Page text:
HACKCESS – HACKATHON TO THE POWER OF GOOD
Recently the maker community had a fantastic opportunity to come together and show how product creation is now something that is open to more people than ever before, together with the opportunity that this presents for everyone to become innovative in providing solutions to everyday problems.
HACKCESS was a two day hackathon held at Goldsmiths University in London which was a collaboration by FabLab London and Whizz-Kidz, a disability charity that transforms the lives of young disabled people by providing the equipment, support and life skills they need, when they need them – giving them the chance to develop their full potential.
The event was the chance to show how a community of designers, makers, 3D printing and software experts could collaborate over a weekend to help disabled people live more independent lives, improving accessibility through technology.
The weekend was supported by Autodesk with their Fusion 360 CAD software, and Ultimaker GB who were on hand with a bank of 3D printers and 3D printing expertise. In this blog I’ll explain how all these resources come together at a hackathon like this to create brand new products and design solutions.
For my part I attended the second day, and was partnered with a wheelchair user who has been supported by Whizz-Kidz, which gave me an opportunity to understand an everyday convenience problem of how to carry a larger shopping bag, such as a “Bag For Life”, on the back of a wheelchair without it dragging on the ground.
After studying the structure at the back of the chair (shown below) for a few minutes and asking a few questions about what was important a concept started to formulate in my mind.
At this stage the best thing to do is not to pick up the laptop, but instead use a more traditional method of pen and paper to sketch out the concept noting some of the major dimensions. This made it much quicker to communicate my idea and check that it was likely to be suitable.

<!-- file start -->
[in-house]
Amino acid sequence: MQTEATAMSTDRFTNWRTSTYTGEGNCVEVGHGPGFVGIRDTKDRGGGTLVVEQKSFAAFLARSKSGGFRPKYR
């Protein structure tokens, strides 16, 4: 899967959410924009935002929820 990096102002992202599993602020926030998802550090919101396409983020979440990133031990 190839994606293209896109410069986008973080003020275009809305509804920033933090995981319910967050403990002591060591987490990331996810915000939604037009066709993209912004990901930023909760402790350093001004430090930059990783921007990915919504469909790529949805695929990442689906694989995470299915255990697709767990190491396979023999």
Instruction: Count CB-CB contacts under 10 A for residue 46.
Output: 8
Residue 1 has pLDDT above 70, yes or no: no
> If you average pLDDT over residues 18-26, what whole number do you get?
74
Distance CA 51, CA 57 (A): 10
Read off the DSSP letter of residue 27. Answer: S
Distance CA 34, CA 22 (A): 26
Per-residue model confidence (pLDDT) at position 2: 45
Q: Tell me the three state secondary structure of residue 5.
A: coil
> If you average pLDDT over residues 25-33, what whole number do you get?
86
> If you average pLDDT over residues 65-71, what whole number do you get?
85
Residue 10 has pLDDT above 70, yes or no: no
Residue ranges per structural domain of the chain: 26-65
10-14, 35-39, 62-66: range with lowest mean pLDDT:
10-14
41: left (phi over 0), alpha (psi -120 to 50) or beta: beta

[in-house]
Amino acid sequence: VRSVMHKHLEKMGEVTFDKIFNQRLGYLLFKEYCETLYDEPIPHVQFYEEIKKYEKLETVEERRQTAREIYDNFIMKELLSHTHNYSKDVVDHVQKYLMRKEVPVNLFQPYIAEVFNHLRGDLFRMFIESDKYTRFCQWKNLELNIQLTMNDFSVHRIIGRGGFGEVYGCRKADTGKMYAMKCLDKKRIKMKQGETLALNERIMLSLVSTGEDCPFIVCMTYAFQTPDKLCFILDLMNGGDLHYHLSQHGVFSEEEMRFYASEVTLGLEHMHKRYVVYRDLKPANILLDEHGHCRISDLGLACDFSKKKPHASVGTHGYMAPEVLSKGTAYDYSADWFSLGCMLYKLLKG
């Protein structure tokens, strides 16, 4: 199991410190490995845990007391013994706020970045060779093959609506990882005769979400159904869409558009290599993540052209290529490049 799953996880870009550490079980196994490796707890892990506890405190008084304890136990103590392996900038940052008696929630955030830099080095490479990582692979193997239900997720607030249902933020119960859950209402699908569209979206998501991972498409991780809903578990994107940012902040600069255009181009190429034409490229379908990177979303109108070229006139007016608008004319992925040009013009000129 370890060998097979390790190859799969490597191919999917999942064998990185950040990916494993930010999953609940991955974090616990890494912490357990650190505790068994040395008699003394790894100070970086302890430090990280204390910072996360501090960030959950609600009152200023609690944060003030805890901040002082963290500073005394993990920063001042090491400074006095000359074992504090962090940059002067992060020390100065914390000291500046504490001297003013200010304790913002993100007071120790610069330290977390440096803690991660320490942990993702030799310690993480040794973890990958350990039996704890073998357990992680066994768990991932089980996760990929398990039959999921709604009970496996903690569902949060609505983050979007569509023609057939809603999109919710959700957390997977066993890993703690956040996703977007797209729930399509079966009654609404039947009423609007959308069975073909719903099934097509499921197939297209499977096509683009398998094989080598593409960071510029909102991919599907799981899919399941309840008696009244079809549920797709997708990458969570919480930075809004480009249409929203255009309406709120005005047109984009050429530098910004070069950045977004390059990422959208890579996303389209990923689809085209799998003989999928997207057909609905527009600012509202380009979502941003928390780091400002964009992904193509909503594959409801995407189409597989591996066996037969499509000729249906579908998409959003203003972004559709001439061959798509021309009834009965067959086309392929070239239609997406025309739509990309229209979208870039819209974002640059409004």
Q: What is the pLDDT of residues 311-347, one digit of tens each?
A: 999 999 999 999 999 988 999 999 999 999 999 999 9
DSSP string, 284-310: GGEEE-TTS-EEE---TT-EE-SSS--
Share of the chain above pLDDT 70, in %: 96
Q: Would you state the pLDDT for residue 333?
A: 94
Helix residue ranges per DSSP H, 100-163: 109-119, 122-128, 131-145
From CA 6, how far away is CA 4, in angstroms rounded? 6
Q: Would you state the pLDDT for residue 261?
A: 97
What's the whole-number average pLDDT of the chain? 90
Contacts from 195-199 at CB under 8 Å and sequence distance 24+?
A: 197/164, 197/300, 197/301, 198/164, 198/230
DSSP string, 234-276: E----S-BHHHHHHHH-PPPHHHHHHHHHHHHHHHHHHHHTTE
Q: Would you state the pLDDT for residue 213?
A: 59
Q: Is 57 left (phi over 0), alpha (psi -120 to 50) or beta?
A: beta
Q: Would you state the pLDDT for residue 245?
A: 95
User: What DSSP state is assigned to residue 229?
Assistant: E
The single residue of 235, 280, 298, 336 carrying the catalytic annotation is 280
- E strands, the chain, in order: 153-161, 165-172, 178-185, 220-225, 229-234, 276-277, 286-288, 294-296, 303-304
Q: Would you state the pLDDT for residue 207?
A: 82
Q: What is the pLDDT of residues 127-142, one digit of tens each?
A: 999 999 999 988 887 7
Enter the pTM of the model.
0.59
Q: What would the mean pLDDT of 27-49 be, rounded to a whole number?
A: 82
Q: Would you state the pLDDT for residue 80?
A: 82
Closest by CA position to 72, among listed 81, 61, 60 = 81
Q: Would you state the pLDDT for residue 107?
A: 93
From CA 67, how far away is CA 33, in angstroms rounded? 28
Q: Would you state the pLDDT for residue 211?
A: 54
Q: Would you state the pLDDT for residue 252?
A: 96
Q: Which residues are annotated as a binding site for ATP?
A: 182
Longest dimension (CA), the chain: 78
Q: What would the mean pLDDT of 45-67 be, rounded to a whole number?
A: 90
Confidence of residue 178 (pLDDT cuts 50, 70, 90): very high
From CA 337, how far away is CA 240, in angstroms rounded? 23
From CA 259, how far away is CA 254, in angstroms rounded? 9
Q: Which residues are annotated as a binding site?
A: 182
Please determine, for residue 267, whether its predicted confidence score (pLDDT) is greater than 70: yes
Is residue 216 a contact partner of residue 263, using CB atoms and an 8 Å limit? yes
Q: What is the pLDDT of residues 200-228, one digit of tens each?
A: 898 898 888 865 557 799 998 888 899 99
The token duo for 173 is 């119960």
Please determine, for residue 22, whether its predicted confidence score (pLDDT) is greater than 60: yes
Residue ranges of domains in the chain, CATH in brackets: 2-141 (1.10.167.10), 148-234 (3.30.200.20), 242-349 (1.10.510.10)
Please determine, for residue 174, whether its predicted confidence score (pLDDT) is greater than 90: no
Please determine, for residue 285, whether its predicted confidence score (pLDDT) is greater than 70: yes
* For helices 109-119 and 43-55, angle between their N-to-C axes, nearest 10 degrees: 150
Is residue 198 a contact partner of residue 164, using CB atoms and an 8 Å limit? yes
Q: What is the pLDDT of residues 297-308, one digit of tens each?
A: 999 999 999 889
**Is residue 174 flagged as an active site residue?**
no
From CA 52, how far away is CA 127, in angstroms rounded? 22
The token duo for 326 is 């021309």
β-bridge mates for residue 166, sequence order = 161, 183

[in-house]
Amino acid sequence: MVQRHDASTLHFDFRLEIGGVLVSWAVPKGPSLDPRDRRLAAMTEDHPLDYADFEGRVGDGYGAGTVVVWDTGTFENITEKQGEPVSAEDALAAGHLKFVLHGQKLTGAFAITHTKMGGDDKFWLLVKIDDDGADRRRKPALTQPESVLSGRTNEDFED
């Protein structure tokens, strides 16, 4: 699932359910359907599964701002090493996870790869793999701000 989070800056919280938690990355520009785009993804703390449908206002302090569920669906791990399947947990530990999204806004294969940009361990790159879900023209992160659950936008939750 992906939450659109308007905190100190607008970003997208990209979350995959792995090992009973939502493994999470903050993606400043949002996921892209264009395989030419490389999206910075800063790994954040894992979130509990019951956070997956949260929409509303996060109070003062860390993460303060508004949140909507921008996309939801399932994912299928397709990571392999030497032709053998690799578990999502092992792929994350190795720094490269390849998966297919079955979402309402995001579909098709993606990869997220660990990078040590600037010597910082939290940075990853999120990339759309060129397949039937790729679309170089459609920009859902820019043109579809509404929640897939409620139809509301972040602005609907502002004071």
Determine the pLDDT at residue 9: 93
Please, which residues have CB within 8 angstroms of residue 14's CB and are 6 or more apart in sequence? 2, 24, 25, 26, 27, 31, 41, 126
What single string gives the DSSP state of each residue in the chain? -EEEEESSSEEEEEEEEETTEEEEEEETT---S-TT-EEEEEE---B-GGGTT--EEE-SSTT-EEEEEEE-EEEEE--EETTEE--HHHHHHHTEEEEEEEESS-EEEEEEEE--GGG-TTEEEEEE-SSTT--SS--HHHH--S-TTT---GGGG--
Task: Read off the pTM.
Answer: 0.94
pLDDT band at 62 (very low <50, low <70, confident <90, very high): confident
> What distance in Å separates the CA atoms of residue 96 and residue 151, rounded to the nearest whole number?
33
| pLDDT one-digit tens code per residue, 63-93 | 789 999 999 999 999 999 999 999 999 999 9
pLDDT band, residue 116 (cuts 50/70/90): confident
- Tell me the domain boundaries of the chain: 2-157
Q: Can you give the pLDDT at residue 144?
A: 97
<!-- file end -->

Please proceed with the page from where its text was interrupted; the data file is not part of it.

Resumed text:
I explained the concept sketch, and after discussing it together we agreed it would provide a possible solution, so then it was time to start turning that sketch into a 3D design using Autodesk Fusion 360.
Once that part was done it was time to use 3D printing to turn it into a physical prototype using one of the Ultimaker2 3D printers that were available.
The first two parts of the design were fairly quickly printed out, and in the space of just a few short hours we had gone from describing the problem through to a first prototype that we could try out.
Unfortunately designing isn’t always a “right first time” process, and so it proved to be in this case. I didn’t have sufficient detail dimensions off the complex moulding that I was trying to mount onto, so the assembly didn’t fit correctly.
Time for a rethink, and a modification to the concept. In this case the best way to do that was to “hack” the 3D print and then patch it back together to represent the revised design. In engineering speak this is a process we call “cut & shut”. First of all I used tape to reposition the elements and then plasticine to “set” the final position so that I could take some revised dimensions.
With so much going on at the event this would be as far as I got on the day, but I was so enthused by what had been achieved in such a short space of time that I carried on in the days after the event to modify the design and print out a revised version shown below.
I hope this blog gives you some idea of what happens at a hackathon. In this case it was so satisfying to work on solving a real-life day-to-day challenge for a young disabled person.
We have some great technology available these days to help us, but the real power in hackathons like this lies with the people involved. Their innovation and creativity make the difference, and at HACKCESS there were so many great people involved from every aspect, all wanting to be part of doing something amazing.
I’m sure there will be more of these in the future, I know I want to be involved again, and I hope this blog will encourage you to join us. (If you need any further encouragement I forgot to say the food provided to fuel everyone through the course of the event was absolutely fantastic!)
Many thanks to Ande Gregson (Founder of Fab Lab London) and Gurvinder Gregson (Head of Fundraising Events at Whizz-Kidz) for pulling such an inspiring event together.
CREATE Education Project – Ultimaker GB